Sinking toward the bottom. Overcome by despair. Near the end of your rope. At death’s door. Holding your breath and gasping for air. Jonah’s stubborn rebellion and insistence on a life apart from God has finally caught up with him. He’s literally drowning under the weight of his sin, and hopelessly entangled in the weedy mess he’s created for himself.
But our God is a merciful God. The Day of Reckoning does not always issue forth justice. To the contrary, we often don’t get what we deserve. Instead of upholding justice, the Judge opts for mercy instead.
But God’s merciful hand reaching down into our pit of despair to rescue us often involves a messy process. A time of repentance, pruning, discipline, sanctification, purification or detox, whatever we call it our journey back to God is often as pleasant as 3 nights lodging in the belly of a giant fish. Now I’ve never been inside the stomach of any living being, but I’m guessing its quite a few notches below the accommodations of your nearest Super 8. Dark, hot, cramped, smelly, slimy — not unlike my freshman college dorm room.
Now I had always drawn the conclusion that being swallowed by a big fish was just another part of Jonah’s punishment for disobedience. Yet, shockingly, the storyteller is clear that this “fishy situation” is actually a remarkable picture of God’s amazing grace. “Yahweh mounts a special rescue operation: an enormous fish plays the astounding part of a submarine to pick up Jonah from the murky seaweed at the bottom of the ocean and transport him safely to the mainland” (Leslie Allen, 213). The belly of a fish is no pleasant place to be, but it sure beats the alternative which for Jonah was death.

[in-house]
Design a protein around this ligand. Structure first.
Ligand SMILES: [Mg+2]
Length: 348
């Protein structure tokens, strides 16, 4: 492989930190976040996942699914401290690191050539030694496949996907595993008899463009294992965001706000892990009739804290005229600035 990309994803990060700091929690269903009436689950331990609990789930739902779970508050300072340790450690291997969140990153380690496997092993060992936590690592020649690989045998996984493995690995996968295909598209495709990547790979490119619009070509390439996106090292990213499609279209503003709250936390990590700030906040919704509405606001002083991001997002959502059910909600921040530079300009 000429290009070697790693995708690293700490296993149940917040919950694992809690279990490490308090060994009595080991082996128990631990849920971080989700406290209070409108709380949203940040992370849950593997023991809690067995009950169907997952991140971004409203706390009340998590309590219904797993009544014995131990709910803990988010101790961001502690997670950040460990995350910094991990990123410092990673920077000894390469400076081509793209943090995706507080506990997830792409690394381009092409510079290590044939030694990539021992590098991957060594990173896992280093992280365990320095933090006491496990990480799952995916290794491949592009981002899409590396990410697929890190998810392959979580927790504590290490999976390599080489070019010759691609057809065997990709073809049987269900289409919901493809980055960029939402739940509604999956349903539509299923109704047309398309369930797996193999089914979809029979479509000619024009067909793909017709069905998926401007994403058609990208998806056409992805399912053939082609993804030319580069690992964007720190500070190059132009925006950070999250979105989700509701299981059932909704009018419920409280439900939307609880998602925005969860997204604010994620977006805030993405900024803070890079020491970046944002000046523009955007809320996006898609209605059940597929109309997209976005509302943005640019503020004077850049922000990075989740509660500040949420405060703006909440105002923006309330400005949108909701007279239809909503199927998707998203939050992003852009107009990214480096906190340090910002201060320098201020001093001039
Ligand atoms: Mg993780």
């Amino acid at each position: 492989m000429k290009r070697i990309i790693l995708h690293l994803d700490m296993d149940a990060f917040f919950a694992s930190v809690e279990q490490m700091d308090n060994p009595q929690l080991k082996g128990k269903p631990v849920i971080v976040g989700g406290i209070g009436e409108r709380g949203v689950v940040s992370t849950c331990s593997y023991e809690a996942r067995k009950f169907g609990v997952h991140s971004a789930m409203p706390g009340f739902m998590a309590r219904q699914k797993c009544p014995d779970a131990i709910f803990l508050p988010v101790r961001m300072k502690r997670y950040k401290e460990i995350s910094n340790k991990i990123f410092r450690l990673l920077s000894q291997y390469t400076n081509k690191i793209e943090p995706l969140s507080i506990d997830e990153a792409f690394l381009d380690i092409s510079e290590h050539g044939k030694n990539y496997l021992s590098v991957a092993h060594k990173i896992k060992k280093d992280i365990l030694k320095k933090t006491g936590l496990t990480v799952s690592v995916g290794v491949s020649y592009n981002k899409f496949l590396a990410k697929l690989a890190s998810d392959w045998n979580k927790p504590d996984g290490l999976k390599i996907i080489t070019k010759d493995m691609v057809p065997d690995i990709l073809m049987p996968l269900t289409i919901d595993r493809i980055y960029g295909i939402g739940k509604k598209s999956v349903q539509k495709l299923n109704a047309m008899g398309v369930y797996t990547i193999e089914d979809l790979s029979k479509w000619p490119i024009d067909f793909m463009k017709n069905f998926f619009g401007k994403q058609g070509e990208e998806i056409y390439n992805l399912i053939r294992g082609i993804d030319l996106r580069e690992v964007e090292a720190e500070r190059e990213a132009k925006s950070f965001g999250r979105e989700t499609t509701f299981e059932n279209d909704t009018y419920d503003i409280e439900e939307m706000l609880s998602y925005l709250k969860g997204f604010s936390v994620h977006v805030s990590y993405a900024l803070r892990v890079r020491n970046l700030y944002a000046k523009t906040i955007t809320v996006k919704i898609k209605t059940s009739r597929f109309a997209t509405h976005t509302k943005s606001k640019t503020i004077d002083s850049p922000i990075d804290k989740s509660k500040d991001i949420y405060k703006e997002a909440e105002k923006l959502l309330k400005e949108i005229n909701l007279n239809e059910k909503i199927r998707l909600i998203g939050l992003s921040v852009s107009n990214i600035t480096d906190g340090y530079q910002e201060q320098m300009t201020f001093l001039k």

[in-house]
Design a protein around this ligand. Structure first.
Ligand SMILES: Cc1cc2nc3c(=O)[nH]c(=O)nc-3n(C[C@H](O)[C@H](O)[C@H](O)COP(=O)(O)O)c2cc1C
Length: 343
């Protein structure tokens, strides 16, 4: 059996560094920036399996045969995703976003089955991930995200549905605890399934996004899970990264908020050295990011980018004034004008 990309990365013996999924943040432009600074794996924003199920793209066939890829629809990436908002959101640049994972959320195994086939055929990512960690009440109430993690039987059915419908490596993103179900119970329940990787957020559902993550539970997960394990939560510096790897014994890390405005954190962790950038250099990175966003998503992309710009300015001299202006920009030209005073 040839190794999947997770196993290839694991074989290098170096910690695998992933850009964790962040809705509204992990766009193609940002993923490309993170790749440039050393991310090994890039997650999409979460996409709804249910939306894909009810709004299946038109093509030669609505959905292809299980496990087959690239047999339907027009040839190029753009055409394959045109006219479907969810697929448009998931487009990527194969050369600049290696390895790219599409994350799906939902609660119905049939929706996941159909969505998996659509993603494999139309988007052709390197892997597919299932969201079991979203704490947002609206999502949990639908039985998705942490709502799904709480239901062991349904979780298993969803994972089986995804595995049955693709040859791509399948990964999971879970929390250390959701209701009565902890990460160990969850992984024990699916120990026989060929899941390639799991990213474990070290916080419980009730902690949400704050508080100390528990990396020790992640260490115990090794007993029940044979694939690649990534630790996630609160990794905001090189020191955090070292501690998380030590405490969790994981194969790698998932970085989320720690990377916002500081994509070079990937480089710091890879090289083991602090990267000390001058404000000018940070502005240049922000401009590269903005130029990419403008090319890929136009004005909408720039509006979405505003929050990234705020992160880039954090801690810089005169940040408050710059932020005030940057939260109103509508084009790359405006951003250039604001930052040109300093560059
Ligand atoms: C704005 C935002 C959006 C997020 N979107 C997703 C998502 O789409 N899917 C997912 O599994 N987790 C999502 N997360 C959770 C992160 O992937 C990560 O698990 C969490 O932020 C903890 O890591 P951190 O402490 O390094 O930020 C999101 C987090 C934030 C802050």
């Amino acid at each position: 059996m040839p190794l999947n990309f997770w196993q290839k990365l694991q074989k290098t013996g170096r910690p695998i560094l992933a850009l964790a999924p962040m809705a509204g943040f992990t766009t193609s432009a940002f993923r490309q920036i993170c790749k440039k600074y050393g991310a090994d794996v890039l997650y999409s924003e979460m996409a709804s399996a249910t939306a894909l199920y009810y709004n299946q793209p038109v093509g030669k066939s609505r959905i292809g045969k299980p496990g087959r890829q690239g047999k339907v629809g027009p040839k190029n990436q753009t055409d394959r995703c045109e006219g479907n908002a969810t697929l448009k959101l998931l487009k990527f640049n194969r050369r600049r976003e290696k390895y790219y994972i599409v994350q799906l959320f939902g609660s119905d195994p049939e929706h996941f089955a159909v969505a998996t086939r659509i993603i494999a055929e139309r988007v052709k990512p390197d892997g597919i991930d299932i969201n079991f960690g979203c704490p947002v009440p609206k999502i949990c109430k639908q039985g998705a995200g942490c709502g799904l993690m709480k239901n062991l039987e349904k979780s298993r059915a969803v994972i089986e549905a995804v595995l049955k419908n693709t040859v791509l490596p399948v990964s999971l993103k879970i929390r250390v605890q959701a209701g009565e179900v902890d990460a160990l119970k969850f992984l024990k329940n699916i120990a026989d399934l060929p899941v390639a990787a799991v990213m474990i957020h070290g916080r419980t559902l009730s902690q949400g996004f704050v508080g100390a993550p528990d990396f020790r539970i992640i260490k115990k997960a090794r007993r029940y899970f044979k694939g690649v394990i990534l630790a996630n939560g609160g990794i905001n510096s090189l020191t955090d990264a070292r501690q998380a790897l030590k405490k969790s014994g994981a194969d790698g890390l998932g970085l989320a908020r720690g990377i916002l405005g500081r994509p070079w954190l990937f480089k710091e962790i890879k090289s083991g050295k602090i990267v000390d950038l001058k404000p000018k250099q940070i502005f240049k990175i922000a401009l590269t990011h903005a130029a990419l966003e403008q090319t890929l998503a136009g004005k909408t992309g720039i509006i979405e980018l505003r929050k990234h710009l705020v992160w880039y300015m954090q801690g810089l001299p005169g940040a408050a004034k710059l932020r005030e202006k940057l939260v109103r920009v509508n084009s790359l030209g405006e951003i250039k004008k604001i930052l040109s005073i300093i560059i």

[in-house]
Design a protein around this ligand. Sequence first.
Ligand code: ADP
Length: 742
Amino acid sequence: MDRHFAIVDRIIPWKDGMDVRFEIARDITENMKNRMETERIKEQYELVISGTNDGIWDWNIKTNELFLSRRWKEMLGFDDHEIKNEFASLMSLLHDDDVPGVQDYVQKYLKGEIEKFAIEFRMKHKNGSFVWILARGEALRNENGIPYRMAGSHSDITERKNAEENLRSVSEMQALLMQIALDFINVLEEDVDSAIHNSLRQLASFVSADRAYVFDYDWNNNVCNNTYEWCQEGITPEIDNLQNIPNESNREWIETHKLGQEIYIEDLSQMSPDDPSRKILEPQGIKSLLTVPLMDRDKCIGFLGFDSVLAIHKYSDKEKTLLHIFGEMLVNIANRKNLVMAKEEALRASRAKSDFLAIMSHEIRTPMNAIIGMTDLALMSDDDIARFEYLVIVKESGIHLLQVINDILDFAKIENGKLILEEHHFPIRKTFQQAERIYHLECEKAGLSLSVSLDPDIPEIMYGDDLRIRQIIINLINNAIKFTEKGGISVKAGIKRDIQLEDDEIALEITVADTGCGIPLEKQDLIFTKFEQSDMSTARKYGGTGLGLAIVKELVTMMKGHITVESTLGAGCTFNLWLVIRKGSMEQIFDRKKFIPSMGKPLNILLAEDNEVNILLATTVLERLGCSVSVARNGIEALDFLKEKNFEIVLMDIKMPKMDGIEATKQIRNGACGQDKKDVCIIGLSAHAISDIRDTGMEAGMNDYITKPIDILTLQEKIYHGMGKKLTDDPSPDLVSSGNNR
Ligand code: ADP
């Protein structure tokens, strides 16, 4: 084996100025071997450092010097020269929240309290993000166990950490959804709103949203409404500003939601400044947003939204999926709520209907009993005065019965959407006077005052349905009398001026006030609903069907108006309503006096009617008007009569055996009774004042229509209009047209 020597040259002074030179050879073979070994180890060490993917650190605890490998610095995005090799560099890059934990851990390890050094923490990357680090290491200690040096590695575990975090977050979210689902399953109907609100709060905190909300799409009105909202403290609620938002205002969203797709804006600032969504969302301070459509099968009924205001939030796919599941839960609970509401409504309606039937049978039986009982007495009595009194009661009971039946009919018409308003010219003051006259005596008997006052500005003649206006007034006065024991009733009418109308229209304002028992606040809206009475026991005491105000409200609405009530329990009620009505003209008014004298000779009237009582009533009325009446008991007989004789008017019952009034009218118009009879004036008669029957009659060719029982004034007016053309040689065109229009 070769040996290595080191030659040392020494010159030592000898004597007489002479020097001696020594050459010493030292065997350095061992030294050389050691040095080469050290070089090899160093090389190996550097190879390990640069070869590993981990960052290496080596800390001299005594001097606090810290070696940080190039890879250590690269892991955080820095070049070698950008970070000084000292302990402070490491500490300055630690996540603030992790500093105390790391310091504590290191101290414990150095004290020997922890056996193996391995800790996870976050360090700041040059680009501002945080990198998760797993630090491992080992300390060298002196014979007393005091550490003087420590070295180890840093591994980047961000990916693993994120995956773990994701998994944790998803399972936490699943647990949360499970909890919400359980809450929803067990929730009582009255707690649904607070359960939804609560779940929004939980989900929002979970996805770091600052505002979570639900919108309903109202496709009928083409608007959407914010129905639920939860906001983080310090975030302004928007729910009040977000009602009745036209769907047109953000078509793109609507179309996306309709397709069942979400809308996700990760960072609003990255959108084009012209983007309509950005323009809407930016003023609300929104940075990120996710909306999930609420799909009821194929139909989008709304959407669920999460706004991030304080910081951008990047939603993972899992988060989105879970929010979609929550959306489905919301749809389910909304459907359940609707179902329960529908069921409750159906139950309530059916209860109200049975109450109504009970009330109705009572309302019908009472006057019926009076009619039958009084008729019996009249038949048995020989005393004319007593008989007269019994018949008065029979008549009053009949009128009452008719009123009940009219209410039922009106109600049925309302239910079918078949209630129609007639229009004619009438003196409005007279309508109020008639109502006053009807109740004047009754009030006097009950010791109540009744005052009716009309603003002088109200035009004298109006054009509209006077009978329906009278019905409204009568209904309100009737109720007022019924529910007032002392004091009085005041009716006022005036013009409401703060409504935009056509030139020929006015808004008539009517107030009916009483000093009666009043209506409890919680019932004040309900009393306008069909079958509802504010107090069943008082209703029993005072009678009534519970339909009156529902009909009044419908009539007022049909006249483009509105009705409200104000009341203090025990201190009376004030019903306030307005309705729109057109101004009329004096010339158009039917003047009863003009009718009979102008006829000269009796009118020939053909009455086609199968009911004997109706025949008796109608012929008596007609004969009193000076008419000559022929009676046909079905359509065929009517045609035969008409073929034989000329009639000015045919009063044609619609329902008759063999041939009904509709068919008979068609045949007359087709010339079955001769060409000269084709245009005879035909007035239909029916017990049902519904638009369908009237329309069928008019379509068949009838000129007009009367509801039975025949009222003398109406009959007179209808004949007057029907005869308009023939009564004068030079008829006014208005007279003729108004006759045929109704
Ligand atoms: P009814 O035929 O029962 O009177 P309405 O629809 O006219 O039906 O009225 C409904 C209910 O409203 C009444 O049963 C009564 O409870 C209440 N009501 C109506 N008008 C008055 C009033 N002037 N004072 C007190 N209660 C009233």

What’s the lesson here for you and me? The belly of the fish represents that unpleasant place of turning back to God, of finally surrendering our fight, of giving in, of handing over the controls, of finally admitting our helplessness and utter reliance on the mercy and provision of God. We all find ourselves sinking at times; sometimes under the weight of our own sin, and other times as innocent victims in a broken world. Then out of nowhere God shows up to rescue us but does so by way of the belly of the fish.
Have you spent three nights in the belly of a fish? Coming to terms with your own frailty, brokenness, need of grace? Was it a time of divine discipline, being humbled in the presence of the Almighty? Perhaps you checked into treatment, or finally confronted the person you’ve wronged. Maybe it was three days and three nights of personal spiritual retreat where you rediscovered “your first love” (Rev. 2). Maybe it was your own Dark Night of the Soul. Whatever it was, it was likely a dark, unpleasant experience that nevertheless brought you face to face with the saving presence of God, and as painful as those three days and three nights were in the belly, you wouldn’t trade them for the world.
You were swallowed up by a giant fish; but it was divine grace in the end that would eventually spit you back onto dry land — a new person.